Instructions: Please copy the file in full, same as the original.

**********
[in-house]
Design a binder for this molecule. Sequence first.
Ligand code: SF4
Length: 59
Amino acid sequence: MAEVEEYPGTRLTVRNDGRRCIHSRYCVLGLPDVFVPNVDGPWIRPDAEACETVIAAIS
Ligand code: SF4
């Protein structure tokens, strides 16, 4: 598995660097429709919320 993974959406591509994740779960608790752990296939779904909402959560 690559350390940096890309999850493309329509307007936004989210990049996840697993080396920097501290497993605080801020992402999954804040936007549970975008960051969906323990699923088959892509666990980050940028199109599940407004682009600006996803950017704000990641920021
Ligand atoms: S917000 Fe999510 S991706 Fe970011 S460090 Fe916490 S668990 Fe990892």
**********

[in-house]
Design a binder for this molecule. Sequence first.
Ligand code: SF4
Length: 59
Amino acid sequence: MAEVEEYPGTRLTVRNDGRRCIHSRYCVLGLPDVFVPNVDGPWIRPDAEACETVIAAIS
Ligand code: SF4
């Protein structure tokens, strides 16, 4: 598995660097429709919320 993974959406591509994740779960608790752990296939779904909402959560 690559350390940096890309999850493309329509307007936004989210990049996840697993080396920097501290497993605080801020992402999954804040936007549970975008960051969906323990699923088959892509666990980050940028199109599940407004682009600006996803950017704000990641920021
Ligand atoms: S917000 Fe999510 S991706 Fe970011 S460090 Fe916490 S668990 Fe990892």